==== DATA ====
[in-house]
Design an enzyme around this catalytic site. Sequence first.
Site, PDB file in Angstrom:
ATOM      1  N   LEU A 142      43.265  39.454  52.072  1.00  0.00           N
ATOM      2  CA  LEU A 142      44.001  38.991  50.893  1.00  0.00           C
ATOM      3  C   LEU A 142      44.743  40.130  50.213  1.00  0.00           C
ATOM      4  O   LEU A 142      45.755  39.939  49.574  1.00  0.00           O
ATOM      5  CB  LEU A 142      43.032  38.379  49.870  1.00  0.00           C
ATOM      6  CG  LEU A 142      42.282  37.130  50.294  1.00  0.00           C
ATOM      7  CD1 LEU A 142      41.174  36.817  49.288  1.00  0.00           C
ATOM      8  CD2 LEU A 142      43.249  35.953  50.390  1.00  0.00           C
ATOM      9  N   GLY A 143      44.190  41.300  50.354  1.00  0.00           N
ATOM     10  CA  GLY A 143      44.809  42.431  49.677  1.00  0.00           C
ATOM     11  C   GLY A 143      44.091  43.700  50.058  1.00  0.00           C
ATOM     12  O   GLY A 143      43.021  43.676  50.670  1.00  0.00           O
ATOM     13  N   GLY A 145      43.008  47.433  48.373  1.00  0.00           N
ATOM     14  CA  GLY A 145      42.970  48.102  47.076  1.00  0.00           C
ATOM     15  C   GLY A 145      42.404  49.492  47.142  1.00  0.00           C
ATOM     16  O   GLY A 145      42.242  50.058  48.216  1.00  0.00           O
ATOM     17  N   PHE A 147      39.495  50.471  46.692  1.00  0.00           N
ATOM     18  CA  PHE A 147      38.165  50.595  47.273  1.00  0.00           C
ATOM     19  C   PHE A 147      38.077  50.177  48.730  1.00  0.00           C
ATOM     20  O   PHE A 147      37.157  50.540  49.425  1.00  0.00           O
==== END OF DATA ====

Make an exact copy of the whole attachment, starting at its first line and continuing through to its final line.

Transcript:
[in-house]
Design an enzyme around this catalytic site. Sequence first.
Site, PDB file in Angstrom:
ATOM      1  N   LEU A 142      43.265  39.454  52.072  1.00  0.00           N
ATOM      2  CA  LEU A 142      44.001  38.991  50.893  1.00  0.00           C
ATOM      3  C   LEU A 142      44.743  40.130  50.213  1.00  0.00           C
ATOM      4  O   LEU A 142      45.755  39.939  49.574  1.00  0.00           O
ATOM      5  CB  LEU A 142      43.032  38.379  49.870  1.00  0.00           C
ATOM      6  CG  LEU A 142      42.282  37.130  50.294  1.00  0.00           C
ATOM      7  CD1 LEU A 142      41.174  36.817  49.288  1.00  0.00           C
ATOM      8  CD2 LEU A 142      43.249  35.953  50.390  1.00  0.00           C
ATOM      9  N   GLY A 143      44.190  41.300  50.354  1.00  0.00           N
ATOM     10  CA  GLY A 143      44.809  42.431  49.677  1.00  0.00           C
ATOM     11  C   GLY A 143      44.091  43.700  50.058  1.00  0.00           C
ATOM     12  O   GLY A 143      43.021  43.676  50.670  1.00  0.00           O
ATOM     13  N   GLY A 145      43.008  47.433  48.373  1.00  0.00           N
ATOM     14  CA  GLY A 145      42.970  48.102  47.076  1.00  0.00           C
ATOM     15  C   GLY A 145      42.404  49.492  47.142  1.00  0.00           C
ATOM     16  O   GLY A 145      42.242  50.058  48.216  1.00  0.00           O
ATOM     17  N   PHE A 147      39.495  50.471  46.692  1.00  0.00           N
ATOM     18  CA  PHE A 147      38.165  50.595  47.273  1.00  0.00           C
ATOM     19  C   PHE A 147      38.077  50.177  48.730  1.00  0.00           C
ATOM     20  O   PHE A 147      37.157  50.540  49.425  1.00  0.00           O